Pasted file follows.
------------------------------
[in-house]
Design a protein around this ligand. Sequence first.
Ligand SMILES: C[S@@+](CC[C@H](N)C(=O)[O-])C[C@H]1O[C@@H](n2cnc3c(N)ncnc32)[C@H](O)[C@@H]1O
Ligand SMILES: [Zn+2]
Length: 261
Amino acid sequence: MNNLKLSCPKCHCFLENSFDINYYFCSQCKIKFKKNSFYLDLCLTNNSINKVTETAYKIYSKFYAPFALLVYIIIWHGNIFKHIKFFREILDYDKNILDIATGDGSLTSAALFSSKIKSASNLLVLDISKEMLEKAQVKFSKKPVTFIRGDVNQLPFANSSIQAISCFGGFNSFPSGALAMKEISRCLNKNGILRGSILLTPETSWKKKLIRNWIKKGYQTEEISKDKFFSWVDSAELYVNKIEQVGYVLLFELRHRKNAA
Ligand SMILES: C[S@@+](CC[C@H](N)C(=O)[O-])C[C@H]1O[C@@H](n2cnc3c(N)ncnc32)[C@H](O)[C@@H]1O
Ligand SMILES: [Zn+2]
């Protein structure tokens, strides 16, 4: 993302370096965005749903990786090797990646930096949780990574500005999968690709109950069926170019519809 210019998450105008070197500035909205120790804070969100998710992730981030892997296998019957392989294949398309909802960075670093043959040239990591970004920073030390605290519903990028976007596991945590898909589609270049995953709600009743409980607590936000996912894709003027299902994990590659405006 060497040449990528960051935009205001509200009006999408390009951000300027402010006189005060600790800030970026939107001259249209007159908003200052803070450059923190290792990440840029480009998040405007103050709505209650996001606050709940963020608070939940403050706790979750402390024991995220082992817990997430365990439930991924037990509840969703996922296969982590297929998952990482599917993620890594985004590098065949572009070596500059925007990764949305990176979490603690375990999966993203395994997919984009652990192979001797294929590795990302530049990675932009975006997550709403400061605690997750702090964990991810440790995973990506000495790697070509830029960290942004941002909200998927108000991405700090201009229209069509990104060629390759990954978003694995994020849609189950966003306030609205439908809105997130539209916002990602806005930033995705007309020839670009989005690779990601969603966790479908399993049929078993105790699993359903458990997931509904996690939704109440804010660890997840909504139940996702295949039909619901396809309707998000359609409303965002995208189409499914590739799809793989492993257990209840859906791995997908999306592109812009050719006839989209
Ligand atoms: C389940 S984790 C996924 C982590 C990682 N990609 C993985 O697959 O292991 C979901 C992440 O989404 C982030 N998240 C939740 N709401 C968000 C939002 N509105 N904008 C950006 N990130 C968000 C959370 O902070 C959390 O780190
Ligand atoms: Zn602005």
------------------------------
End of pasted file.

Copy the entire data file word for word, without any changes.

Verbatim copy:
[in-house]
Design a protein around this ligand. Sequence first.
Ligand SMILES: C[S@@+](CC[C@H](N)C(=O)[O-])C[C@H]1O[C@@H](n2cnc3c(N)ncnc32)[C@H](O)[C@@H]1O
Ligand SMILES: [Zn+2]
Length: 261
Amino acid sequence: MNNLKLSCPKCHCFLENSFDINYYFCSQCKIKFKKNSFYLDLCLTNNSINKVTETAYKIYSKFYAPFALLVYIIIWHGNIFKHIKFFREILDYDKNILDIATGDGSLTSAALFSSKIKSASNLLVLDISKEMLEKAQVKFSKKPVTFIRGDVNQLPFANSSIQAISCFGGFNSFPSGALAMKEISRCLNKNGILRGSILLTPETSWKKKLIRNWIKKGYQTEEISKDKFFSWVDSAELYVNKIEQVGYVLLFELRHRKNAA
Ligand SMILES: C[S@@+](CC[C@H](N)C(=O)[O-])C[C@H]1O[C@@H](n2cnc3c(N)ncnc32)[C@H](O)[C@@H]1O
Ligand SMILES: [Zn+2]
């Protein structure tokens, strides 16, 4: 993302370096965005749903990786090797990646930096949780990574500005999968690709109950069926170019519809 210019998450105008070197500035909205120790804070969100998710992730981030892997296998019957392989294949398309909802960075670093043959040239990591970004920073030390605290519903990028976007596991945590898909589609270049995953709600009743409980607590936000996912894709003027299902994990590659405006 060497040449990528960051935009205001509200009006999408390009951000300027402010006189005060600790800030970026939107001259249209007159908003200052803070450059923190290792990440840029480009998040405007103050709505209650996001606050709940963020608070939940403050706790979750402390024991995220082992817990997430365990439930991924037990509840969703996922296969982590297929998952990482599917993620890594985004590098065949572009070596500059925007990764949305990176979490603690375990999966993203395994997919984009652990192979001797294929590795990302530049990675932009975006997550709403400061605690997750702090964990991810440790995973990506000495790697070509830029960290942004941002909200998927108000991405700090201009229209069509990104060629390759990954978003694995994020849609189950966003306030609205439908809105997130539209916002990602806005930033995705007309020839670009989005690779990601969603966790479908399993049929078993105790699993359903458990997931509904996690939704109440804010660890997840909504139940996702295949039909619901396809309707998000359609409303965002995208189409499914590739799809793989492993257990209840859906791995997908999306592109812009050719006839989209
Ligand atoms: C389940 S984790 C996924 C982590 C990682 N990609 C993985 O697959 O292991 C979901 C992440 O989404 C982030 N998240 C939740 N709401 C968000 C939002 N509105 N904008 C950006 N990130 C968000 C959370 O902070 C959390 O780190
Ligand atoms: Zn602005």